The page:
Academic achievements: I have maintained an excellent academic record throughout my student life. I was awarded the Central Board of Secondary Education (CBSE) merit certificates for finishing among the top 0.1% of around 600,000 students in the All India Secondary School Examination in 2003 and for being among the top 0.1% of 400,000 students in the All India Senior School Certificate Examination in 2005. I obtained All India Rank 5 in the National Science Talent Search Examination (NSTSE) in 2001 and All India Rank 18 in NSTSE, 2000. I also obtained rank 9 in the Senior Mathematics Olympiad, Delhi in 2002 and qualified the National Standard Exam in Physics in 2004.
Personal background: Coming from an Indian middle class family, I have been taught the importance of hard work and sincerity from an early age. Constant encouragement from my parents inspired me to develop a passion for Mathematics. Also, the training for Math and Science competitions introduced me to relatively advanced topics in these subjects at a young age. Teaching underprivileged children as a volunteer for My India and the National Service Scheme (2005-08) was an unforgettable experience and opened my eyes to the joys of teaching.
The financial constraints associated with middle class families in India make me seek graduate assistantship from Pennsylvania State University to the maximum extent possible.
Coursework and Thesis: I am one of only 4 bachelors’ degree students of my CS batch at BITS-Pilani to have opted for the semester-long thesis option, for which I would continue my work on number theory and cryptography (in spring 2009). I have performed commendably in the Mathematics courses at BITS, being among the top 5 students in three of them. My passion for Mathematics has inspired me to take courses on Real Analysis, Graph theory and Algebra this semester. I am also auditing a course on Advanced Algorithms and Complexity.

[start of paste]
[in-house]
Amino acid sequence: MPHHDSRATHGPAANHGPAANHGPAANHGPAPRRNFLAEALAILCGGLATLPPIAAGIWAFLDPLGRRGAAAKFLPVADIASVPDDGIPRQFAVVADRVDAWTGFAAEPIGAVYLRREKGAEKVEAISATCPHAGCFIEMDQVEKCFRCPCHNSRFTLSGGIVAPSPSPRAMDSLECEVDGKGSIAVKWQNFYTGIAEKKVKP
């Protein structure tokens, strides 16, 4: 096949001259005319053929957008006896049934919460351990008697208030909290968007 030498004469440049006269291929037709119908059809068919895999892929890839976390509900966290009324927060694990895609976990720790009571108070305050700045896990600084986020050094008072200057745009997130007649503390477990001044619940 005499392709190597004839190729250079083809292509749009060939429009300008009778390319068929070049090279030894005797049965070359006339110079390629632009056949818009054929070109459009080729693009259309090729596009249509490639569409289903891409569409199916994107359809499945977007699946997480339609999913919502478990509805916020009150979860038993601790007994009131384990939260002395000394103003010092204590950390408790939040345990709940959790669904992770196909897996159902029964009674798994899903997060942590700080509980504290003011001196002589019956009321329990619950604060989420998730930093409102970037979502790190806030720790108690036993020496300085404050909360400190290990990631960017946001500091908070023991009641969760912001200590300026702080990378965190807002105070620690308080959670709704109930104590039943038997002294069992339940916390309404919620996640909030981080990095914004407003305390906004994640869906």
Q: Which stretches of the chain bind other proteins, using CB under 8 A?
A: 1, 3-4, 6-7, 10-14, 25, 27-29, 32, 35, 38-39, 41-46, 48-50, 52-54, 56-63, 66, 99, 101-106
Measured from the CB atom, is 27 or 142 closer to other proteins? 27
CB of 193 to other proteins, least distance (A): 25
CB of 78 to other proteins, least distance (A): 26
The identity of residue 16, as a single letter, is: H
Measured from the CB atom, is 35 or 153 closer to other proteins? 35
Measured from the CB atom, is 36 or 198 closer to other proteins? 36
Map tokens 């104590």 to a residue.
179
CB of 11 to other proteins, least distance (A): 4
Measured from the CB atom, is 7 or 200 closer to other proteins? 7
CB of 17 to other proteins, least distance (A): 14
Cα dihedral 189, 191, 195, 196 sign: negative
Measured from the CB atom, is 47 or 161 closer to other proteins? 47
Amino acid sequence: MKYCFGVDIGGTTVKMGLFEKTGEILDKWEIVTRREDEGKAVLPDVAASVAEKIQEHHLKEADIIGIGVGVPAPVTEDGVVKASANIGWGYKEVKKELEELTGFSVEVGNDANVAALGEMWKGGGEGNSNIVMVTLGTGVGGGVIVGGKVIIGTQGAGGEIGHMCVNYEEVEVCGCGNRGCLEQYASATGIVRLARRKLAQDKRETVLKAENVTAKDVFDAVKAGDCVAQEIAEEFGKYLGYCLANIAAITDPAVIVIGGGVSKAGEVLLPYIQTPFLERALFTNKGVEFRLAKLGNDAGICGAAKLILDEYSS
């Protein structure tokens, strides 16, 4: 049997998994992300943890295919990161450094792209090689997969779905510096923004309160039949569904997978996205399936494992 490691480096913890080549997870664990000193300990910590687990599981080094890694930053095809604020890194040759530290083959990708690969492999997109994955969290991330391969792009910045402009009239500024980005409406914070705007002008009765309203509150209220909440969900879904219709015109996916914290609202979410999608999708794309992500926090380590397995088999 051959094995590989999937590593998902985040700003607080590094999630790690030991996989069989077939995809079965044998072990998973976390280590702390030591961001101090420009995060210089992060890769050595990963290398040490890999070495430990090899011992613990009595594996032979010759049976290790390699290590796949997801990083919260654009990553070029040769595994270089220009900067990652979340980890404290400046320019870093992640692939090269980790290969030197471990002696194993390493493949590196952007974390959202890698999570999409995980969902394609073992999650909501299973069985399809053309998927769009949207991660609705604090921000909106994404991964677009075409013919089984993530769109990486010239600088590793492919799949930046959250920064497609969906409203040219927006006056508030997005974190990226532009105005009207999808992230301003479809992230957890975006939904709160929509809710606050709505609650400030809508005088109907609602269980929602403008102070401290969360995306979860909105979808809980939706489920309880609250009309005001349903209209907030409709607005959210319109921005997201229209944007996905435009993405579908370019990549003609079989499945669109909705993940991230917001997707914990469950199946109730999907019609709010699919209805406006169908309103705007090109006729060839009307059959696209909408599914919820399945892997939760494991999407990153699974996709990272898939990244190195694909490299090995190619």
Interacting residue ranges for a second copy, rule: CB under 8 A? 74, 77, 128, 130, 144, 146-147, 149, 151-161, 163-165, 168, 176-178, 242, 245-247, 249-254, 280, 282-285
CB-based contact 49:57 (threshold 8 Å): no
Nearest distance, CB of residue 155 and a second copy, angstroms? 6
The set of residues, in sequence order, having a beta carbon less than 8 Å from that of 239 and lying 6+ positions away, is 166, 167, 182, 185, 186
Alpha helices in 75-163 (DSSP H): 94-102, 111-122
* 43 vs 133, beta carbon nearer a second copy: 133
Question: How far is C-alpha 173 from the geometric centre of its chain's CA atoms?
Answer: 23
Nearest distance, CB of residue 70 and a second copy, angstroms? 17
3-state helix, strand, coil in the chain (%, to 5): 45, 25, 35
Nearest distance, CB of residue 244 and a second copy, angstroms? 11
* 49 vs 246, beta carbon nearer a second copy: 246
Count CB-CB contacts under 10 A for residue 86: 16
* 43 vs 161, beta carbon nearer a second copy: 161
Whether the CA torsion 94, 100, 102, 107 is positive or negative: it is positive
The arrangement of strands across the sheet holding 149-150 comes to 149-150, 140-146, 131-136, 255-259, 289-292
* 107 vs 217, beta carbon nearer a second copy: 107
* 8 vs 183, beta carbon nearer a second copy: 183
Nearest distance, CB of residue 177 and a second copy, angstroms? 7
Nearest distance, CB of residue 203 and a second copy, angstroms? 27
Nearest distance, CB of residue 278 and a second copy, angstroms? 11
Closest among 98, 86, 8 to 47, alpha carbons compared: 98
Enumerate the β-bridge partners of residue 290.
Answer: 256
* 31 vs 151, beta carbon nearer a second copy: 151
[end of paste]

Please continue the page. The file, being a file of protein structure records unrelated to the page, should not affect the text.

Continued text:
Match of interest with Pennsylvania State University: I have perused in great detail the web site of the CS department, especially the Algorithms and Complexity group and am enthused by the frontline research work carried out in approximation algorithms, graph algorithms, complexity, quantum computing and cryptography among others. I have partly studied Professor Martin Furer’s paper on faster integer multiplication. My study on classical and quantum algorithms for Pell’s equation led me to Professor Sean Hallgren’s works on the subject.
I have studied the paper on Pell’s equation and principal ideal problem and partly read the paper on computing unit group and class group of a number field. I plan to continue my study of Professor Adam Smith’s multi-party quantum computation thesis into the next semester. I am also interested in the work on the graph isomorphism problem. I am excited at the possibility of increasing my knowledge of all aspects of Theoretical Computer Science through seminars such as the Theory seminar and in specific areas through the High Performance Computing Lab and others. The presence of experienced faculty and support infrastructure gives me the confidence of having a fruitful relationship with Pennsylvania State University
Equipped with a sound knowledge of Theoretical Computer Science and a strong academic and research background, I believe that I can contribute positively to research endeavors at Pennsylvania State University. I hope that the honorable admissions committee provides me an opportunity to realize my dreams and career goals by pursuing a Ph.D. at your esteemed institution.
Courtney from Study Moose